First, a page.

In “Ripped from the Headlines: Laurel in the News,” the current exhibit at the Laurel Museum,  there’s a panel in the Disasters section that covers the tornado that wreaked havoc through the Fairlawn neighborhood and beyond in September 2001—less than two weeks after 9/11. Remember, this was a town already on edge after learning that some of the hijackers had stayed in Laurel… and then a tornado literally blew through.

The panel features the cover of that week’s Laurel Leader, which included a stunning image of the funnel cloud moving just beyond Laurel Shopping Center and the Middletowne Apartments high rise.

tornado-panel-sm

The image wasn’t a photograph, but a video still from footage shot by Brian Alexander—shot from the fourth floor office of the former American National Bank building, which was demolished in 2012 to make way for a new Walgreens.

(Photo: Richard Friend, 2012)

(Photo: Richard Friend, 2012)

Until today, that was the only image I’d ever seen of the tornado itself, although there are plenty of photos of its aftermath. The tornado briefly reached the F3 category, with winds up to 160 mph. Laurel was fortunate that there were no casualties that day, although there was plenty of damage—portions of roofs were blown off Laurel High School, and the historic Harrison-Beard Building at Montgomery and Ninth Streets was nearly lost; one house along the 1000 block of Tenth Street was completely destroyed.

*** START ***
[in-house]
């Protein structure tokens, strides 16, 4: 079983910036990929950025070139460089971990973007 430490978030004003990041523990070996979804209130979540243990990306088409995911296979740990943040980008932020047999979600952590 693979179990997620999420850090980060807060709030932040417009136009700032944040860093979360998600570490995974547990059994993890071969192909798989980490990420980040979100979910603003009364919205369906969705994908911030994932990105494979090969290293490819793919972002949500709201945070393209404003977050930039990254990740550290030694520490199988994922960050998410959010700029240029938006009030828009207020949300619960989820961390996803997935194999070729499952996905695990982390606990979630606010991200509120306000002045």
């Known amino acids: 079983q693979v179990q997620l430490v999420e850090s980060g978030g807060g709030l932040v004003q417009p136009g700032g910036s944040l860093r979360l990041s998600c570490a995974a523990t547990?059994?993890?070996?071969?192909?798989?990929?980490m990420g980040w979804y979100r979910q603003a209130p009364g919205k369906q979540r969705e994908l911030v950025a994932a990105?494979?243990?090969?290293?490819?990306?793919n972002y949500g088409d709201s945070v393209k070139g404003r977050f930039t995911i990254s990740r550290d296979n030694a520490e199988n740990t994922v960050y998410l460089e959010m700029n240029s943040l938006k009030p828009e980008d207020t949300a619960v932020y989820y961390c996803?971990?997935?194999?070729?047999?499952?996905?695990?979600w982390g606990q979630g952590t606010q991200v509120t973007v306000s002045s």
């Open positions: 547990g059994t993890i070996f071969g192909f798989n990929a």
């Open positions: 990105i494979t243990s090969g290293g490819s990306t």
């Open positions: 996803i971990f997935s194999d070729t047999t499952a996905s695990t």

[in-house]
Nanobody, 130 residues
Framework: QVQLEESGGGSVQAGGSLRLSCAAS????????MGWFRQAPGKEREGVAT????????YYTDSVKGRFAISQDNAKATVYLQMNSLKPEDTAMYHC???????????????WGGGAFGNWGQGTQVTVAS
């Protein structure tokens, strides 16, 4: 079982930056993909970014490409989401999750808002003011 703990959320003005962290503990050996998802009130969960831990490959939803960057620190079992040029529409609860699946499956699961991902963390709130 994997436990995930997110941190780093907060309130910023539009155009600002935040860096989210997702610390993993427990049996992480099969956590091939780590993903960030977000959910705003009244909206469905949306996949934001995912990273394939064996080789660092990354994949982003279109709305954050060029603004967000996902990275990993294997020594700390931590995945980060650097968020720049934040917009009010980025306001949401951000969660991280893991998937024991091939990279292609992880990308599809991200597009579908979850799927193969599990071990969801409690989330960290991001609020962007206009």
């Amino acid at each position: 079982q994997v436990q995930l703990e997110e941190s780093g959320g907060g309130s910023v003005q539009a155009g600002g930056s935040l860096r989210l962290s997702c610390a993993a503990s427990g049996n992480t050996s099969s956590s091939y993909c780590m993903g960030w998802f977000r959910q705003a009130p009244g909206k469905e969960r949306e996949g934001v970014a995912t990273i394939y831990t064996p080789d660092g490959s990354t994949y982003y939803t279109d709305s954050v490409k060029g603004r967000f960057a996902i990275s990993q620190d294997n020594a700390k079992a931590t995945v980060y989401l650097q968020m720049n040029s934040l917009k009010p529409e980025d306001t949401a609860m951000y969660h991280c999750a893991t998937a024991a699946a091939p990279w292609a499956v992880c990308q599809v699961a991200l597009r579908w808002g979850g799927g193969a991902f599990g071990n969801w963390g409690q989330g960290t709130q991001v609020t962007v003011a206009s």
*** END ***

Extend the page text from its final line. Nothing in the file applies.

As yet another September is upon us, it’s hard to believe it’s been 14 years since this happened. And it all came back vividly today when Steve Jones sent me the following footage—these appear to be the actual Brian Alexander video clips themselves, as well as some bonus footage of the aftermath.

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Farewell, Pallotti Playground Fire Truck

Some things just have a way of becoming part of the landscape, whether they’re intentional landmarks or not. Even if it’s a place you never visited—if you saw it routinely for over three decades, you just got used to it being there. And it’s always a bit of a shock when it disappears.